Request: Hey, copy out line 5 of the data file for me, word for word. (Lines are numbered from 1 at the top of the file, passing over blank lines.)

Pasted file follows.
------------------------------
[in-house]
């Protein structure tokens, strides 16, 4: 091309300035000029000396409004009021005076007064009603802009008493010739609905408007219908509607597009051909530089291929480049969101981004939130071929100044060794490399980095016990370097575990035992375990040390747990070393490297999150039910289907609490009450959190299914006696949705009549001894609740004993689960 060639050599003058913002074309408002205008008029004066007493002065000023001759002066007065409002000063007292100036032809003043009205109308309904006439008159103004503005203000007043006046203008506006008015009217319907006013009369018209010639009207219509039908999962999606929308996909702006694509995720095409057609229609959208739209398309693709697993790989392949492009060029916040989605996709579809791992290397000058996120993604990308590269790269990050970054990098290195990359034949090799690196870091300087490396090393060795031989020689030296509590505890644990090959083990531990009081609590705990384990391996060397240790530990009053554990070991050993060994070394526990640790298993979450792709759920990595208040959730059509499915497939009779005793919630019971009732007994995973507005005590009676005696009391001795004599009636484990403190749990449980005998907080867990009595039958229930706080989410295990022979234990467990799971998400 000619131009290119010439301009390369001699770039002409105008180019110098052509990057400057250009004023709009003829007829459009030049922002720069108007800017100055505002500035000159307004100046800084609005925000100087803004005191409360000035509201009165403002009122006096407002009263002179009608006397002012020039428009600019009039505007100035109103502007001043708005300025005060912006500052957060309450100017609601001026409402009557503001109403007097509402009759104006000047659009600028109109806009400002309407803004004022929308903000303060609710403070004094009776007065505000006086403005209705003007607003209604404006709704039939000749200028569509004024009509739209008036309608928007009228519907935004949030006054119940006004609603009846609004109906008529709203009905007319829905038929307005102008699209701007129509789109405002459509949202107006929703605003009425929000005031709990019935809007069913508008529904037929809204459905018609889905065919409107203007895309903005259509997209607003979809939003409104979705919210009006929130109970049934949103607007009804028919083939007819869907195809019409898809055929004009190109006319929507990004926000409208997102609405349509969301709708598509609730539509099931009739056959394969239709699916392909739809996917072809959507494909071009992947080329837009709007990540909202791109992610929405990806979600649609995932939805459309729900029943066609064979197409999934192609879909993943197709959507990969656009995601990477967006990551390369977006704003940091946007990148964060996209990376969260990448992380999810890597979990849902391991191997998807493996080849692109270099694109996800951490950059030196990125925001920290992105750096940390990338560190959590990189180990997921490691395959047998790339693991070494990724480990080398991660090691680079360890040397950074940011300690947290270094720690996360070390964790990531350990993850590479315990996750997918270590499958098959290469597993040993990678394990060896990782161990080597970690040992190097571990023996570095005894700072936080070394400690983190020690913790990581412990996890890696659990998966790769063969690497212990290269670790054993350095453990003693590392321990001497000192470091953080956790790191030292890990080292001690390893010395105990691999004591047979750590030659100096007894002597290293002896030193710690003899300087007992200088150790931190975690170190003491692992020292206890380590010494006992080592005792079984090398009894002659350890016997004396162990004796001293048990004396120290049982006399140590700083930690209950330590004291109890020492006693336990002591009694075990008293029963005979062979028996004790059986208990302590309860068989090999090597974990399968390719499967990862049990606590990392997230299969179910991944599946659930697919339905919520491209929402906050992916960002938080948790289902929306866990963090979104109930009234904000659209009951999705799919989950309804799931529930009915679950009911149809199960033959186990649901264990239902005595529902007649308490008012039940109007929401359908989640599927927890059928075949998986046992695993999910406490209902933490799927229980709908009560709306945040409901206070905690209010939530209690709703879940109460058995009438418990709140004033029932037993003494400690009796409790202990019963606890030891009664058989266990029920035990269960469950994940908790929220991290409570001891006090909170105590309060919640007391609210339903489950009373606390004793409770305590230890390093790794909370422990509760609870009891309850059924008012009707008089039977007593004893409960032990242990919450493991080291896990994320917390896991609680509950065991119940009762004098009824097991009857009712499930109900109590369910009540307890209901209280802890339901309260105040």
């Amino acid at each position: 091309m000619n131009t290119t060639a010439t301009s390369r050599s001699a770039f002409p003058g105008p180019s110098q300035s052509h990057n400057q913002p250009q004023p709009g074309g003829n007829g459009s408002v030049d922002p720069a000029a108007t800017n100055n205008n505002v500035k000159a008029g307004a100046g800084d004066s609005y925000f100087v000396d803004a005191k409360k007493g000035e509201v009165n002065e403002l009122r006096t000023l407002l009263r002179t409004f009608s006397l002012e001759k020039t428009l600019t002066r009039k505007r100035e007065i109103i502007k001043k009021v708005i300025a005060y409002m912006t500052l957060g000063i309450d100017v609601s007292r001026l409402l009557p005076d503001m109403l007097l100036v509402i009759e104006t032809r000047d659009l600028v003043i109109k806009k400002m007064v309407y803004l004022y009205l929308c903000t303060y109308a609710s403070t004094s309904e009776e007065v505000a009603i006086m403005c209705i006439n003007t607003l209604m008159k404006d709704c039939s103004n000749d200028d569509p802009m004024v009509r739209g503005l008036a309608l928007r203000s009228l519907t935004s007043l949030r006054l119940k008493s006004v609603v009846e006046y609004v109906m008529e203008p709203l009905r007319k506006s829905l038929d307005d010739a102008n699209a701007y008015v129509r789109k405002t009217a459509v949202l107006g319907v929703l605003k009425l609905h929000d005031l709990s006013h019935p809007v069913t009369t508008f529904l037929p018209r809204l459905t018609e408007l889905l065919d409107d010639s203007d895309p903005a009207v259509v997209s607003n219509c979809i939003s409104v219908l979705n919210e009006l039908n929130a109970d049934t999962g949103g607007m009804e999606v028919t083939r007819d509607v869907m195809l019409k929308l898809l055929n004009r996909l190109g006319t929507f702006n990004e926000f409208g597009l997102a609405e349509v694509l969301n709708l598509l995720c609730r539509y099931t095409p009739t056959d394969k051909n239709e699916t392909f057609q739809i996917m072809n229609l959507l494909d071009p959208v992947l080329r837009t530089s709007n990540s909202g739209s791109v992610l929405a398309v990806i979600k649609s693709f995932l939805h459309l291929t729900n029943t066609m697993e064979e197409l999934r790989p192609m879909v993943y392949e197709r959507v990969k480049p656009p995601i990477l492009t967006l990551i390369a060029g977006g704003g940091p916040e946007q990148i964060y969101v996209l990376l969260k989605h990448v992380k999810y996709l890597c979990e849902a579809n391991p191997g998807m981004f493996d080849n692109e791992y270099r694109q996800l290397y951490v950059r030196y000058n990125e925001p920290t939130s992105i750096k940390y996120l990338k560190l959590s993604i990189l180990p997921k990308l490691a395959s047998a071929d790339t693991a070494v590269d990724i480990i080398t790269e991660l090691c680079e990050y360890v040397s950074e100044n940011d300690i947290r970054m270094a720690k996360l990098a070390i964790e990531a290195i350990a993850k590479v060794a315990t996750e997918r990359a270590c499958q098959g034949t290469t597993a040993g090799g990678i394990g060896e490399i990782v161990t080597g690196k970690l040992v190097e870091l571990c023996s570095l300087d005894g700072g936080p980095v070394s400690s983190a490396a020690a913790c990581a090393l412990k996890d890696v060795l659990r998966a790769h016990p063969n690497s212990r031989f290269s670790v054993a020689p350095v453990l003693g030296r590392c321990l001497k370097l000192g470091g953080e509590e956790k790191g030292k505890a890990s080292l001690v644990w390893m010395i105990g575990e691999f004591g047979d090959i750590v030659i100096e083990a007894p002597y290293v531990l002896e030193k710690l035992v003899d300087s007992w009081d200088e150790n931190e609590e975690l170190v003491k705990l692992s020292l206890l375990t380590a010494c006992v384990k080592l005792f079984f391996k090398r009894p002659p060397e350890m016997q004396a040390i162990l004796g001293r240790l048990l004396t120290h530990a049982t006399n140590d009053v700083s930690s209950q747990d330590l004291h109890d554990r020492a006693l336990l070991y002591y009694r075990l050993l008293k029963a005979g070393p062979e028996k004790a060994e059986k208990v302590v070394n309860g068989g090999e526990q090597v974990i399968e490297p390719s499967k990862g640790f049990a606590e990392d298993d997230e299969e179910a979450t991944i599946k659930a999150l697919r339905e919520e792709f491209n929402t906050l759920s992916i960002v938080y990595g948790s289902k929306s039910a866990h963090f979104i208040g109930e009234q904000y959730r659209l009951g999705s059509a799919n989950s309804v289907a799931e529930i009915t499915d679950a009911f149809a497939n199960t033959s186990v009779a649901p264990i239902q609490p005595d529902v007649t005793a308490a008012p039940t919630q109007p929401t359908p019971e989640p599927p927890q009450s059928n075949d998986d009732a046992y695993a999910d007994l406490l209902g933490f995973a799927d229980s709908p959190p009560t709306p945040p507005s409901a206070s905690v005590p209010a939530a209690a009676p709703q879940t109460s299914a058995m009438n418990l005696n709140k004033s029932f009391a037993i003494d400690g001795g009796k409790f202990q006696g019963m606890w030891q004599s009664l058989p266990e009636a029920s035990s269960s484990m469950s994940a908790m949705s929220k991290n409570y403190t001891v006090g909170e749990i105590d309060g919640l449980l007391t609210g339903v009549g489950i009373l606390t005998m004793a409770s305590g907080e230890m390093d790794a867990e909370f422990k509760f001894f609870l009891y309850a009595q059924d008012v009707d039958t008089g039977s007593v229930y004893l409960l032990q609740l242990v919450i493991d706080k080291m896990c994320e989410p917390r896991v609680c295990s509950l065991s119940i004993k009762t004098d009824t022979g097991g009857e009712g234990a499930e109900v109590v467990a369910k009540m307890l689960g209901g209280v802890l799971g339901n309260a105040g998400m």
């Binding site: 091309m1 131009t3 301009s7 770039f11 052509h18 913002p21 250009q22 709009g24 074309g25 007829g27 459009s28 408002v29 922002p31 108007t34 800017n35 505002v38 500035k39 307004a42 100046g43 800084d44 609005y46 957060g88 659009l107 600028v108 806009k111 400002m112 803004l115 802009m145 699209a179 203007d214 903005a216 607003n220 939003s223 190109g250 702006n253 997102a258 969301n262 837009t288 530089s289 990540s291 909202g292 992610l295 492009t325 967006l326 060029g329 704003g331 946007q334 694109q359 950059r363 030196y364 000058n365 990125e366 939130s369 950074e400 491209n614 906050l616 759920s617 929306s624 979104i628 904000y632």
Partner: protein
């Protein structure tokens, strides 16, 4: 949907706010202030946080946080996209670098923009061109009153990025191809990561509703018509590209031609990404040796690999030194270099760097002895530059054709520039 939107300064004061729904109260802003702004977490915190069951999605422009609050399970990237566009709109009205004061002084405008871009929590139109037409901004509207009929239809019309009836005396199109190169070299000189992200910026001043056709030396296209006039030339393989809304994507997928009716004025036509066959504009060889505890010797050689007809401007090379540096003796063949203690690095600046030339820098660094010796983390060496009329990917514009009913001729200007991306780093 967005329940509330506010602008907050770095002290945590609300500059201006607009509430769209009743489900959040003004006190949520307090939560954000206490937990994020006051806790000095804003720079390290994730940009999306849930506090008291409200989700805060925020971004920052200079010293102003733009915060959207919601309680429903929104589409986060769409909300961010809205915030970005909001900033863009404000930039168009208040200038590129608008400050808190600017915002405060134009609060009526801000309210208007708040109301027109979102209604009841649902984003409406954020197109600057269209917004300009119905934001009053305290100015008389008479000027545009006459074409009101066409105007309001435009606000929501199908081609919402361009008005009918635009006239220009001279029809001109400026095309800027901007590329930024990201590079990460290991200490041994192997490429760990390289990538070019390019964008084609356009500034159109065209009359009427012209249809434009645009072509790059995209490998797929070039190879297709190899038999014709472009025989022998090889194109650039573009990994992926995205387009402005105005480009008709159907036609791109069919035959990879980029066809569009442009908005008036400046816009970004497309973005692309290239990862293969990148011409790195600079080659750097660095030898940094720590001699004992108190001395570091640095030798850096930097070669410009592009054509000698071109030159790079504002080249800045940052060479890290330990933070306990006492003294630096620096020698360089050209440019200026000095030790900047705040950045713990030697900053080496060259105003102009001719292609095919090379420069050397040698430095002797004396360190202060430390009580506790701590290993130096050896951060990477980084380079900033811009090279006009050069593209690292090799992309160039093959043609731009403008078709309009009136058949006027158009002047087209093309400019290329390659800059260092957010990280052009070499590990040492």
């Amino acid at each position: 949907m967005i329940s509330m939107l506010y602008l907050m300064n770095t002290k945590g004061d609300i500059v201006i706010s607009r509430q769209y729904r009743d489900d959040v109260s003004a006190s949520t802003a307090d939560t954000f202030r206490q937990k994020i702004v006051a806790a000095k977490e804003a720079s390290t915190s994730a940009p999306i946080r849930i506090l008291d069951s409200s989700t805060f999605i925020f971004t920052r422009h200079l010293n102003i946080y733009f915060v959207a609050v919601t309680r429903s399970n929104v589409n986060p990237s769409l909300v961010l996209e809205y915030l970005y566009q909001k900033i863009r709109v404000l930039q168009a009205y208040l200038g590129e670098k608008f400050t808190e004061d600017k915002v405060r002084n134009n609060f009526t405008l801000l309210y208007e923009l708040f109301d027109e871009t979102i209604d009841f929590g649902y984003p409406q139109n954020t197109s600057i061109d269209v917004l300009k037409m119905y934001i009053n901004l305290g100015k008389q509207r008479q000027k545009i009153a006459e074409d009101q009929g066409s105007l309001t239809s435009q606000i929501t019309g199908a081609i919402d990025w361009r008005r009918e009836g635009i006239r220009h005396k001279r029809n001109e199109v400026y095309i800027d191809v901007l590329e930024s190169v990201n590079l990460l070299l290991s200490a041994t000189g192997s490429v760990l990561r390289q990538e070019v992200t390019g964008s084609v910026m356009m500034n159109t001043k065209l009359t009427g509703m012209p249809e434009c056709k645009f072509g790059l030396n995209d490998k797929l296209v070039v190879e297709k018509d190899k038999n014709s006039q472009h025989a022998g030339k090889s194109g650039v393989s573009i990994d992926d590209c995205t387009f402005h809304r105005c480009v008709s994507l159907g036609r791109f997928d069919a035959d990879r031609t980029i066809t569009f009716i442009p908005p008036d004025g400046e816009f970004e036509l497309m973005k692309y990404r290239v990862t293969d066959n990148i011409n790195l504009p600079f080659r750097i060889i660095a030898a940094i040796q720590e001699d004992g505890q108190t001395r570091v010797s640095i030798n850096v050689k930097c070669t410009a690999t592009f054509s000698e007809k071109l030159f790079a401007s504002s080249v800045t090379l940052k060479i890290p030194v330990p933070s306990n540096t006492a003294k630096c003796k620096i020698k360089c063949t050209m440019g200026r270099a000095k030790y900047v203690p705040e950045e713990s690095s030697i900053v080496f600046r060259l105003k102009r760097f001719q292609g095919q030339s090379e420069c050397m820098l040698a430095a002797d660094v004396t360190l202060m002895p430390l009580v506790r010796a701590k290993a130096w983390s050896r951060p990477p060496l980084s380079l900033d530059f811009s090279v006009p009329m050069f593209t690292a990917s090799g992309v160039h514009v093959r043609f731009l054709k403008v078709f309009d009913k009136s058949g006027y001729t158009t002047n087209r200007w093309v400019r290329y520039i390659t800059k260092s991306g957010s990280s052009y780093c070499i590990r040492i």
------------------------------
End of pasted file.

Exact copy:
Partner: protein